Celebrating East African Writing!

Boats of the Future with Marit Tornqvist at HayFestKe

Written by Okwiri Oduor

At the Storymoja Hay Festival in Nairobi, children from the Netherlands School Society joined their counterparts from the Spring Valley Educational Centre in a session convened by Dutch Illustrator Marit Tornqvist.

Dutch illustrator Marit Tornqvist, assisted by the Dutch ambassador Joost Reintjes talk to Kenyan pupils about the need for clean water.

Marit has worked on the books of popular Swedish author Astride Lingdren, illustrating   titles such as Goran’s Great Escape, In the Land of Twilight, A Calf for Christmas, and many others.

The children met Marit at the National Museums of Kenya’s Discovery Room; an apt venue, for there was plenty of fun and fact to discover during the session.

The children received a surprise visit from Mr. Joost Reintjes, the Dutch ambassador to Kenya. Being the diplomat that he is, Mr. Joost introduced the children to each other’s cultures, explaining Holland to the Kenyan children and Kenya to the Dutch children.

Mr. Kennedy Musumba from Kenya’s Ministry of Water, himself a performer of sorts, had the children in plenty of stitches with his tales about water. The children sang together, and then amidst hoots of laughter, opined that bilharzia was caused by snails and that one should not “help themselves” in the bush because one is likely to find a hyena there.

Marit Tornqvist then engaged the children through a captivating weaving together of art forms into one finely-textured, richly-filled basket. The children were literally spellbound as Marit’s animations sprung to life.

It was the story of a sad little girl who sat on a long pole in the middle of the sea, and who refused to get comforted by birds or balloons or curious, curious people. She sat on her pole through the summer and winter, sat on it and watched ships capsize during thunderstorms. The little girl was inconsolable.

Marit’s narration, the brilliant animations, and the audio effects all teleported the children to the middle of the sea. They were right there with the sad little girl. They too were sad for a few moments, their gazes trapped by the lapping of water in the sea’s mouth, the dancing of birds in the frills of the lacy sky, and the drifting away of curious people in their curious, fruit-laden boats.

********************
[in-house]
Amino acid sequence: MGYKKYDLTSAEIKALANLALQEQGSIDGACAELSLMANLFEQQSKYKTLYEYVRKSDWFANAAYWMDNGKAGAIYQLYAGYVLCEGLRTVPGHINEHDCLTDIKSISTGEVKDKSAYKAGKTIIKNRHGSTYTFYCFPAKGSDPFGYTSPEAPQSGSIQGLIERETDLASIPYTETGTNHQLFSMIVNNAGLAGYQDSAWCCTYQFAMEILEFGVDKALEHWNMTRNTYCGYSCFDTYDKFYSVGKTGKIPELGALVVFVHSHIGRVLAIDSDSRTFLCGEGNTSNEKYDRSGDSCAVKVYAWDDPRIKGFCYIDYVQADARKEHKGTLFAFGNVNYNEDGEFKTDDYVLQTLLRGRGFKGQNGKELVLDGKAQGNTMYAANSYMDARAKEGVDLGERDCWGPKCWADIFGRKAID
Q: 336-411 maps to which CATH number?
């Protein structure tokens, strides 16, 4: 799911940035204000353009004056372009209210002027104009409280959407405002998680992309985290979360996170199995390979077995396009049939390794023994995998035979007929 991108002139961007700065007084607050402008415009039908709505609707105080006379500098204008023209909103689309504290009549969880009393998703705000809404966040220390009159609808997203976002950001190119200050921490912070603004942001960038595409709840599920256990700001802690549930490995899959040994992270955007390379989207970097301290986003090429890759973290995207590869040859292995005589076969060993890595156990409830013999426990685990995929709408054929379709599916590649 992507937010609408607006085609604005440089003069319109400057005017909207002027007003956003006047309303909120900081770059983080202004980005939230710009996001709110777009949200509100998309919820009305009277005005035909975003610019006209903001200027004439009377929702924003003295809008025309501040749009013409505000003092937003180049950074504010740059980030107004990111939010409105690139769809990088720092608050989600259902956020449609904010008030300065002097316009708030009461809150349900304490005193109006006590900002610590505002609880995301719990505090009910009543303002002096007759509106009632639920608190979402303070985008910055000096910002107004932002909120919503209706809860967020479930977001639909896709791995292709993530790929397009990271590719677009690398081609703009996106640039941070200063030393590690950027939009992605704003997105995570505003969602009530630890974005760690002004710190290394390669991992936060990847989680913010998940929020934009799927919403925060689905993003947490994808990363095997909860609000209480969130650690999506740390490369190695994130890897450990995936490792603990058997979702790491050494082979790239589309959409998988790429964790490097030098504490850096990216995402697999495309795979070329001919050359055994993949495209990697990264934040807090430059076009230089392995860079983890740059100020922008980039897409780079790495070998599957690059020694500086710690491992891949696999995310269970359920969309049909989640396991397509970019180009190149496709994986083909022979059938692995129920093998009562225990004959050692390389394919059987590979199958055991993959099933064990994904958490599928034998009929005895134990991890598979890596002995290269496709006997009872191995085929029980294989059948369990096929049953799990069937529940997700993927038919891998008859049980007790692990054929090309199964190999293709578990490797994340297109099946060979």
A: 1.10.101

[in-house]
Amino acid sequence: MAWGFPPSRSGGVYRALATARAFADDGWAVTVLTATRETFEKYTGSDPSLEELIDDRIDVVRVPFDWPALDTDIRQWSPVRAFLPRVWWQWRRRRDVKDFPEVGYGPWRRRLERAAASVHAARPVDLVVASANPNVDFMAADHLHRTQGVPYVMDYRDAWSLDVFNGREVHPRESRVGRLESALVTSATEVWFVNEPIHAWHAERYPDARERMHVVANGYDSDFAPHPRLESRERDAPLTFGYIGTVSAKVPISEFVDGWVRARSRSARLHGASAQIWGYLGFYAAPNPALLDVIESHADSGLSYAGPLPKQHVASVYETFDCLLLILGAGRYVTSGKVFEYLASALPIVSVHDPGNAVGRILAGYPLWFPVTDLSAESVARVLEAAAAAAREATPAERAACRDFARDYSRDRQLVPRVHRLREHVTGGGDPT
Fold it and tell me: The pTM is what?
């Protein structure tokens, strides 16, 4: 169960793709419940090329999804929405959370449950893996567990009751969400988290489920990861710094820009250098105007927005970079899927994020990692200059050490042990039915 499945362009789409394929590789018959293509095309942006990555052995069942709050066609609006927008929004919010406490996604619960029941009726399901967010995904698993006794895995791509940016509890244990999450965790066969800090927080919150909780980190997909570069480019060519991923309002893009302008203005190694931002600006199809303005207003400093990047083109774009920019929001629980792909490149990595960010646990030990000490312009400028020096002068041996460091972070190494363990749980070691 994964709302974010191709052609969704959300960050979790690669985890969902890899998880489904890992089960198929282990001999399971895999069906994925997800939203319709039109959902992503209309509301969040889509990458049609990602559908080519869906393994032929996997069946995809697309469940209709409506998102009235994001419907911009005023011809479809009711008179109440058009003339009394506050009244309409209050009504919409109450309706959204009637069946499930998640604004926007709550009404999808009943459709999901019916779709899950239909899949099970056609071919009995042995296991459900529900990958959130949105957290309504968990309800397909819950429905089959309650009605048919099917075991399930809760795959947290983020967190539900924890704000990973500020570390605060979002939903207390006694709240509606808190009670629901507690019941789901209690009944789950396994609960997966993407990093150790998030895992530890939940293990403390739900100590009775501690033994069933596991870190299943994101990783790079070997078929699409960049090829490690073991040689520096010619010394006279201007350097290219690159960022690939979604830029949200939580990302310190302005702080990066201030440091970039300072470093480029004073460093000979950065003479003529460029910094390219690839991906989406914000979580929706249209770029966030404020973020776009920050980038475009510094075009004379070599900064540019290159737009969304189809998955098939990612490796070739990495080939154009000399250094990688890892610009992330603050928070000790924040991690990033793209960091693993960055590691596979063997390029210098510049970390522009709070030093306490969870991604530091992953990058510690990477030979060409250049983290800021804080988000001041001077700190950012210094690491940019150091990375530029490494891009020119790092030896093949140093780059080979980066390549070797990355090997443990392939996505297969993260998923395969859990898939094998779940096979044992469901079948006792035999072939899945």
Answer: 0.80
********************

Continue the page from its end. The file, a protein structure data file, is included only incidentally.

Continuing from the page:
When they arrived from their trip to the sea, the children were given paper and craft material, and asked to draw their own landscapes, with water as the central theme.

About the session, Mr. Joost Reintjes said, “It is a remarkable way to bring cultures together. Children get together and learn the issues of water, and they play. It is important not to look at learning from a narrow teaching perspective, but to infuse it with culture and art.”

Betsy, the Director of the Netherlands School Society in Nairobi, echoed the Ambassador’s sentiments, adding that in this kind of holistic learning, children were unlikely to forget their lessons.

The children had their own opinions about the session too. Bernard Kamau from the Spring Valley Educational Centre described how much fun the learning had been, adding that the lesson he would invariably take home with him was simple: water is life. His friend Mark Chege agreed and added that from the session, he had learnt not to be selfish.



This entry was posted on September 15, 2012 by in Writer's Blog.
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